Teaching Computer Science I have lots of female students, but almost no African Americans.  I have some Haitians and folks from Africa, but I can't remember the last time I had a black American in one of my classes.  Up to my recent departure from the software industry, it was much the case there, too.  Maybe it's a Boston thing, but this is a much bigger "problem" in my eyes than underrepresentation of women.
User Rank: Apprentice
1/13/2018 | 3:46:30 PM
Re: MORE FEMINIST SEXISM!: How to Attract More Women Into Cybersecurity Now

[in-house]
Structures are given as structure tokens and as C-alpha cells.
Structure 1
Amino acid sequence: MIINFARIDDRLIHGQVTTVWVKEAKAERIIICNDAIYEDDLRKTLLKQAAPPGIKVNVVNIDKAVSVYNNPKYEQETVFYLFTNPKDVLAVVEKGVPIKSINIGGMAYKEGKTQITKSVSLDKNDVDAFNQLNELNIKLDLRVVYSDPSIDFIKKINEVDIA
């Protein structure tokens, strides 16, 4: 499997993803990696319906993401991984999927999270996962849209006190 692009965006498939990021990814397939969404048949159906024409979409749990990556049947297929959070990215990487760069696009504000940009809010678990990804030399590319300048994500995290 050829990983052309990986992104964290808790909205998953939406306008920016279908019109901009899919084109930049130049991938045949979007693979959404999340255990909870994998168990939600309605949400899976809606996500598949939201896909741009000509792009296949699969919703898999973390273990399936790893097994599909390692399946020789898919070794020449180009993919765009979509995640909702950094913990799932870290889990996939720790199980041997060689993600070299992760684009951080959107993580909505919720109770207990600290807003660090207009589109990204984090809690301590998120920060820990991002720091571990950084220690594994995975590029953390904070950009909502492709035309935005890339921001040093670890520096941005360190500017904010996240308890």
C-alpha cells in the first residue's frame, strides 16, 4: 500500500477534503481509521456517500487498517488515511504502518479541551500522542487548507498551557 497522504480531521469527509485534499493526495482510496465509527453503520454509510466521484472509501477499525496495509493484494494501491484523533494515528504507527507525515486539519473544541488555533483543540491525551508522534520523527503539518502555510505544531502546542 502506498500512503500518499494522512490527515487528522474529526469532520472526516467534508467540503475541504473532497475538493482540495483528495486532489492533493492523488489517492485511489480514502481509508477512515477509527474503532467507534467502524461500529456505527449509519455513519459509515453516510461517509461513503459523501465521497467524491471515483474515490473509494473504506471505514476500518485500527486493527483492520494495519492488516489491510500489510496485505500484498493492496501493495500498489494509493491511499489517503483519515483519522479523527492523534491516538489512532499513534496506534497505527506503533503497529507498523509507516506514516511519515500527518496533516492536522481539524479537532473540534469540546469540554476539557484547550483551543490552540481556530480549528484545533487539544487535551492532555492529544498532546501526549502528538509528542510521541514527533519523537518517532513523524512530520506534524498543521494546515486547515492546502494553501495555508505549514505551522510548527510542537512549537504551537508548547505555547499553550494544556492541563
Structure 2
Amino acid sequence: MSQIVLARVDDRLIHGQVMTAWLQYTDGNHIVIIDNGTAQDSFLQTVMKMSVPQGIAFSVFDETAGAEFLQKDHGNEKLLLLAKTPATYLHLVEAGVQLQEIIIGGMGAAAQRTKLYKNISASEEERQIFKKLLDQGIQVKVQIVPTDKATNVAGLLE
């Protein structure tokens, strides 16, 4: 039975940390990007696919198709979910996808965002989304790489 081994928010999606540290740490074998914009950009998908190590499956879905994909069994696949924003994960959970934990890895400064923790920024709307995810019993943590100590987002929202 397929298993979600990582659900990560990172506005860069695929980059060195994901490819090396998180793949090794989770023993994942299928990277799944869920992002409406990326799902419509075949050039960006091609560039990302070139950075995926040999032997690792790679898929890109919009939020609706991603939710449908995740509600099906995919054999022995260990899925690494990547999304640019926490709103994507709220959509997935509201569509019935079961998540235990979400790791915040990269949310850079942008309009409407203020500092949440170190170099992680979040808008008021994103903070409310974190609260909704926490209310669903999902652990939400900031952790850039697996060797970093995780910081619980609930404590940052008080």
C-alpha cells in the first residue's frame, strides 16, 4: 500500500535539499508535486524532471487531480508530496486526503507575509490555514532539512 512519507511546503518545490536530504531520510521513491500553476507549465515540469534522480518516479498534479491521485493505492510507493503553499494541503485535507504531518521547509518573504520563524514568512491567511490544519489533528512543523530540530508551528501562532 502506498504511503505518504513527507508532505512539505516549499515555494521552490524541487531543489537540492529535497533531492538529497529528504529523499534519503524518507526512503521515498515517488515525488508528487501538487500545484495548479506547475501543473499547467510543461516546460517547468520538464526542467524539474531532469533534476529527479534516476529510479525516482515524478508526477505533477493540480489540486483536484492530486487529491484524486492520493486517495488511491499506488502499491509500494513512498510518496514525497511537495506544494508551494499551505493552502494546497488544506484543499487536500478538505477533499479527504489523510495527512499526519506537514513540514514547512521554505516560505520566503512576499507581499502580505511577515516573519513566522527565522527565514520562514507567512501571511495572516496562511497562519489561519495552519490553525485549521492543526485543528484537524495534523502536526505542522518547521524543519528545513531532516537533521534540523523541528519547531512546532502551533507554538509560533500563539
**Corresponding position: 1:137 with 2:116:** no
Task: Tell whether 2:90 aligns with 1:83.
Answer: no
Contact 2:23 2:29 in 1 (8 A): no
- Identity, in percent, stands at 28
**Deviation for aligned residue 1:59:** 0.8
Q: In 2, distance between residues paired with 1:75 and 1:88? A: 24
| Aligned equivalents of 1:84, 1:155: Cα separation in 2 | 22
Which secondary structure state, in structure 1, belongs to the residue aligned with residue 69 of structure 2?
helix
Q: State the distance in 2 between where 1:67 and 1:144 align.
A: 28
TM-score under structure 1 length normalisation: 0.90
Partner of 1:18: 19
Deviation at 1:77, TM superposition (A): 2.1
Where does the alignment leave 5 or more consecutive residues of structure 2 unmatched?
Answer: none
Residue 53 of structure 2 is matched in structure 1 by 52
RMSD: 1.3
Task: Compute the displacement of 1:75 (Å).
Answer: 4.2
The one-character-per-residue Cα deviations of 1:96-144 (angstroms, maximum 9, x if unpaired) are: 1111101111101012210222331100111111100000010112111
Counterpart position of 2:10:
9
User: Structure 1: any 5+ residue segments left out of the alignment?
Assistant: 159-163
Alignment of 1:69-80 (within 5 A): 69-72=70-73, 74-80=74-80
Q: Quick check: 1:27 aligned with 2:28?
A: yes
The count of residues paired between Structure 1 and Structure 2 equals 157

I find this post extremely sexist making it seem like it is wrong that there are not enough women in Cybersecurity like it is a sickness that "nerdy men" are in the field and that is a turn-off for women to get in the field unless there are men that look like "Ken dolls."  No one writes articles about female dominated fields such as nursing and education, asking this same question on how we can attract more men to these female dominated fields.  Yet many universities will give free tuition for women to go into STEM and still have a difficulty getting women or keeping women to finish the programs.  As far as I know these same universities will not offer free scholarships or tuition for men in female dominated industries when universities now are females dominated on average 68% female/male ratio except for the STEM fields because the classes are more difficult and challenging.  The 100 and 200 level undergraduate classes have more women than men usually.  Many women will start off working towards a science degree because they hear about the more money they can earn and take the free scholarship money, then later switch to an arts degree.  As an instructor, I get asked to water down requirements and make it easier for women; but you have to ask in a cybersecurity scenario will the attackers make it easier because women are protecting that guarded system?